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Is Nirvanix closing down?

Is Nirvanix closing down?

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If the rumours are true, then Nirvanix Inc, one of the oldest cloud storage companies is about to go out of business.  Customer have less than two weeks to move their data elsewhere before services are closed down on 30th September.  How does this affect the market perception of cloud services in general and how should customers deal with it?  Here are some initial thoughts.

  • Why the short notice?  Nirvanix have allegedly given customers two weeks to move their data.  Regardless of what that content is (backup, archive or live data), if customers are paying for it, then it is valuable to them.  Two weeks simply isn’t enough.  Data may have been migrated into Nirvanix over many months and years; neither the customer nor Nirvanix may have the bandwidth to move the data elsewhere in that time.  So, if you’re evaluating a cloud provider ask yourself this question – how long would it take to move my data elsewhere?
  • Lack of communication.  There is no information on Nirvanix’ website regarding the shutdown.  This is rather surprising, as even if the company was going under, from a goodwill perspective, there should be some channels of communication.  Next question for your future cloud storage provider – do you have service delivery managers and how often do they communicate?
  • What if they do go under?  What happens if Nirvanix shut down and you don’t have all your data off?  Next question for your future provider – in the event of a company failure, contractually how do you maintain legal access to your data from whoever acquires the hardware?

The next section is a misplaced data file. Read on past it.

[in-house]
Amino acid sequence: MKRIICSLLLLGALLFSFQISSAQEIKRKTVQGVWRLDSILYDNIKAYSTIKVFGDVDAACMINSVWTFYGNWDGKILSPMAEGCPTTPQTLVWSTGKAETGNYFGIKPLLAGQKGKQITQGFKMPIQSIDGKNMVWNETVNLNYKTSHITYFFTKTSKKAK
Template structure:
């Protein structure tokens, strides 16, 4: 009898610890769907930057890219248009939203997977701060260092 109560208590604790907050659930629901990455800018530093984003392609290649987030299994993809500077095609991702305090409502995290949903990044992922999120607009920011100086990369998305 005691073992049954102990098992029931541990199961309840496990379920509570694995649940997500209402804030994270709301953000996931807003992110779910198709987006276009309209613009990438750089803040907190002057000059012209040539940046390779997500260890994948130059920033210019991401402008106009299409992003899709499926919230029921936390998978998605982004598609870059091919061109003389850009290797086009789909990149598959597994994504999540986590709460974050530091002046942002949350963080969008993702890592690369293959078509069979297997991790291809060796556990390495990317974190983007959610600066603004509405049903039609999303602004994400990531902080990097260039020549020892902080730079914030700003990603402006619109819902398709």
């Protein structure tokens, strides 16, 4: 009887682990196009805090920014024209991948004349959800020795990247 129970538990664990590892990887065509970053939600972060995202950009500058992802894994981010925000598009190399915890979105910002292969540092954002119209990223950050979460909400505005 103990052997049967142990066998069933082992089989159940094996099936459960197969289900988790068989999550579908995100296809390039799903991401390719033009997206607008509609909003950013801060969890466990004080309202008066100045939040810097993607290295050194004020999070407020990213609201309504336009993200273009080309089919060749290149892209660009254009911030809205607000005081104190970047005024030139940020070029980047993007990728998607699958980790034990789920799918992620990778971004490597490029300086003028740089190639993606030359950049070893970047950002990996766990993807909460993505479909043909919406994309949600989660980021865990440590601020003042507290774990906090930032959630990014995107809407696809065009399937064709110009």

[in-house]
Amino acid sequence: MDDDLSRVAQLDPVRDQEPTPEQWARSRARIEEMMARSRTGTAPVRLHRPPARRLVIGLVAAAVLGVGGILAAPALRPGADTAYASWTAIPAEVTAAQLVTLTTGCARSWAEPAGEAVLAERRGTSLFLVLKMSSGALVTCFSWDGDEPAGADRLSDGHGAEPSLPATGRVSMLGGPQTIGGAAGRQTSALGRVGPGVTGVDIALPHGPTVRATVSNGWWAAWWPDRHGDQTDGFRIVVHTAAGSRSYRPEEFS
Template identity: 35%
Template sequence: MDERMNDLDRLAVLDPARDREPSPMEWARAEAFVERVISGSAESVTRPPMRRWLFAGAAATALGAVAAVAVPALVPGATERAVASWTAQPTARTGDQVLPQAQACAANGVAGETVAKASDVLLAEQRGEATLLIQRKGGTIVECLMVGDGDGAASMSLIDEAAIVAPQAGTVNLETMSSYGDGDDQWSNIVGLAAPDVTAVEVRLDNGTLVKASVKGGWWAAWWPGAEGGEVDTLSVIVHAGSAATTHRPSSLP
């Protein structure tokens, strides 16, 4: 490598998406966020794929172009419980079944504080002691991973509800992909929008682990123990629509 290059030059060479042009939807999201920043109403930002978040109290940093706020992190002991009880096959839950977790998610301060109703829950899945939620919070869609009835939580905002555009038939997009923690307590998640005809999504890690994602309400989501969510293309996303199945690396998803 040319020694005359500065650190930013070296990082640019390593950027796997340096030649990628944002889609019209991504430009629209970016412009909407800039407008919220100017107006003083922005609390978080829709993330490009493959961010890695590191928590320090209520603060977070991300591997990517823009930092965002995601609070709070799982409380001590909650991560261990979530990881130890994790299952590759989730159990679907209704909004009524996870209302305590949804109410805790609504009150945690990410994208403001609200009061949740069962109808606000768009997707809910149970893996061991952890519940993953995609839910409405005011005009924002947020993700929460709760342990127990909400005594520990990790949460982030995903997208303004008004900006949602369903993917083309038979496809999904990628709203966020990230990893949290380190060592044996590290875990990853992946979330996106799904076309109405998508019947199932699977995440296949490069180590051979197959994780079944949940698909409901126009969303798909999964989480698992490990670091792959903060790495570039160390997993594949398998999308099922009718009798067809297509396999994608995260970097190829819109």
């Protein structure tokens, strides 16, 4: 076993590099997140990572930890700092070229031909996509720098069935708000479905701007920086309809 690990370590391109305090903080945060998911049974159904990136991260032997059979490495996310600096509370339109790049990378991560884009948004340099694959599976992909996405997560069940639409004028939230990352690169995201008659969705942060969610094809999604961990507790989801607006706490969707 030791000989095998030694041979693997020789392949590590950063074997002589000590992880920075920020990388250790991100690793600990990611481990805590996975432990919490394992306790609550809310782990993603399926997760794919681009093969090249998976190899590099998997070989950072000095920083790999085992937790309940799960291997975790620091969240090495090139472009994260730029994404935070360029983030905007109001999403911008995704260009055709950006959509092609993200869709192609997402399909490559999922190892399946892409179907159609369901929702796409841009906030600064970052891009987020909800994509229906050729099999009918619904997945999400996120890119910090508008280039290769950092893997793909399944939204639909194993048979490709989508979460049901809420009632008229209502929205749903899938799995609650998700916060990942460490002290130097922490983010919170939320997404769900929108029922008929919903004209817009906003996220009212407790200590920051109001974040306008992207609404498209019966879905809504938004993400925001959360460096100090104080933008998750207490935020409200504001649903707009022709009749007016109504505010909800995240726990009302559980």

Since the announcement last week, at least one company appears to be keep Nirvanix customers afloat.  Aorta Cloud has a series of announcements detailing their attempted rescue package.  There’s no guarantee this will succeed but at least it offers customers a glimmer of hope.
Five years ago I wrote about RAIC (redundant array of inexpensive clouds).  This article talked about having a piece of middleware to manage the data abstraction between the user and the cloud service and their disparate API standards.  At the time an initiative from Zend Technologies was developing a cloud API.  Although this still exists today, it doesn’t appear to have gained much traction.  Perhaps a better idea of brokers are platforms like Nasuni or Avere, able to take customer data and store them on multiple providers.  The Avere solution can also manage the back-end movement of data between providers.


The Architect’s View

Trusting to a single supplier for anything is risky in any part of IT and I’ve always been a fan of a multi-vendor strategy.  The same applies for Cloud.  No vendor is immune and end users should always be planning for the worst.  Hopefully in this instance, Nirvanix customers will either be saved or able to migrate their data elsewhere.  Whatever happens, this is a stark warning for anyone looking to use cloud services – caveat emptor.


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About Chris M Evans

Chris M Evans has worked in the technology industry since 1987, starting as a systems programmer on the IBM mainframe platform, while retaining an interest in storage. After working abroad, he co-founded an Internet-based music distribution company during the .com era, returning to consultancy in the new millennium. In 2009 Chris co-founded Langton Blue Ltd (www.langtonblue.com), a boutique consultancy firm focused on delivering business benefit through efficient technology deployments. Chris writes a popular blog at http://blog.architecting.it, attends many conferences and invitation-only events and can be found providing regular industry contributions through Twitter (@chrismevans) and other social media outlets.
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